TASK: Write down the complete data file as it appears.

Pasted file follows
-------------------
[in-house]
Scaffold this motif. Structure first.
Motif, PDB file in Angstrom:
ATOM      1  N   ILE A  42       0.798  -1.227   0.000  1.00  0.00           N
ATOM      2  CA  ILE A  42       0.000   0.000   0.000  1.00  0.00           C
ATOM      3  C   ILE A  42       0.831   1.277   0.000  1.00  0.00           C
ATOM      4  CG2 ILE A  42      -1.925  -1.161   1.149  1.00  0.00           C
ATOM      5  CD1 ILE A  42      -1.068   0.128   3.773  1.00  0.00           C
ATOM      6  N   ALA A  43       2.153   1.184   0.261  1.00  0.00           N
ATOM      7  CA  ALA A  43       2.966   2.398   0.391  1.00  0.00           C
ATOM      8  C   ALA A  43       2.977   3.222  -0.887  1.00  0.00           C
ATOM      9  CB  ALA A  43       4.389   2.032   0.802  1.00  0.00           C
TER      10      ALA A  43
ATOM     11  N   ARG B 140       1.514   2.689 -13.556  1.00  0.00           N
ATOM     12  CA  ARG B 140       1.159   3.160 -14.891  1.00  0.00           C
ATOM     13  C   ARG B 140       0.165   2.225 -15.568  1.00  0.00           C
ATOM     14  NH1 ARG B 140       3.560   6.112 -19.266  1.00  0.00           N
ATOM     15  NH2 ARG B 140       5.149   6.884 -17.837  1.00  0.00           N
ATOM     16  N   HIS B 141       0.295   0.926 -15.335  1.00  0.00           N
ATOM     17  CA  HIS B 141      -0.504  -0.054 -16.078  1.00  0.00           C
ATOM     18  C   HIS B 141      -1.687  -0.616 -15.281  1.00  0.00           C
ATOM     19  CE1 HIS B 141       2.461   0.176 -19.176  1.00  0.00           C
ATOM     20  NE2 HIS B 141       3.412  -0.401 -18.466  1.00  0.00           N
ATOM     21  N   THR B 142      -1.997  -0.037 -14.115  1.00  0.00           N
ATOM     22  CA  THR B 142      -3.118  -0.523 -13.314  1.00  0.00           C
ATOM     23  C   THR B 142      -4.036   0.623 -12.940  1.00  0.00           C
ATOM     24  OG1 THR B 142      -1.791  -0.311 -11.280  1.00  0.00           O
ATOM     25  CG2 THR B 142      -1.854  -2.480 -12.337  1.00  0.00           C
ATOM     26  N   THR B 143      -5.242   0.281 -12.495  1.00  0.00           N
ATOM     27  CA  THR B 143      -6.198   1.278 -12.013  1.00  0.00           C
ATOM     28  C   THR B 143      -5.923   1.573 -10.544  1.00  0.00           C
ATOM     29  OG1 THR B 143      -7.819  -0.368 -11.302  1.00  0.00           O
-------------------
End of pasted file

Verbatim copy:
[in-house]
Scaffold this motif. Structure first.
Motif, PDB file in Angstrom:
ATOM      1  N   ILE A  42       0.798  -1.227   0.000  1.00  0.00           N
ATOM      2  CA  ILE A  42       0.000   0.000   0.000  1.00  0.00           C
ATOM      3  C   ILE A  42       0.831   1.277   0.000  1.00  0.00           C
ATOM      4  CG2 ILE A  42      -1.925  -1.161   1.149  1.00  0.00           C
ATOM      5  CD1 ILE A  42      -1.068   0.128   3.773  1.00  0.00           C
ATOM      6  N   ALA A  43       2.153   1.184   0.261  1.00  0.00           N
ATOM      7  CA  ALA A  43       2.966   2.398   0.391  1.00  0.00           C
ATOM      8  C   ALA A  43       2.977   3.222  -0.887  1.00  0.00           C
ATOM      9  CB  ALA A  43       4.389   2.032   0.802  1.00  0.00           C
TER      10      ALA A  43
ATOM     11  N   ARG B 140       1.514   2.689 -13.556  1.00  0.00           N
ATOM     12  CA  ARG B 140       1.159   3.160 -14.891  1.00  0.00           C
ATOM     13  C   ARG B 140       0.165   2.225 -15.568  1.00  0.00           C
ATOM     14  NH1 ARG B 140       3.560   6.112 -19.266  1.00  0.00           N
ATOM     15  NH2 ARG B 140       5.149   6.884 -17.837  1.00  0.00           N
ATOM     16  N   HIS B 141       0.295   0.926 -15.335  1.00  0.00           N
ATOM     17  CA  HIS B 141      -0.504  -0.054 -16.078  1.00  0.00           C
ATOM     18  C   HIS B 141      -1.687  -0.616 -15.281  1.00  0.00           C
ATOM     19  CE1 HIS B 141       2.461   0.176 -19.176  1.00  0.00           C
ATOM     20  NE2 HIS B 141       3.412  -0.401 -18.466  1.00  0.00           N
ATOM     21  N   THR B 142      -1.997  -0.037 -14.115  1.00  0.00           N
ATOM     22  CA  THR B 142      -3.118  -0.523 -13.314  1.00  0.00           C
ATOM     23  C   THR B 142      -4.036   0.623 -12.940  1.00  0.00           C
ATOM     24  OG1 THR B 142      -1.791  -0.311 -11.280  1.00  0.00           O
ATOM     25  CG2 THR B 142      -1.854  -2.480 -12.337  1.00  0.00           C
ATOM     26  N   THR B 143      -5.242   0.281 -12.495  1.00  0.00           N
ATOM     27  CA  THR B 143      -6.198   1.278 -12.013  1.00  0.00           C
ATOM     28  C   THR B 143      -5.923   1.573 -10.544  1.00  0.00           C
ATOM     29  OG1 THR B 143      -7.819  -0.368 -11.302  1.00  0.00           O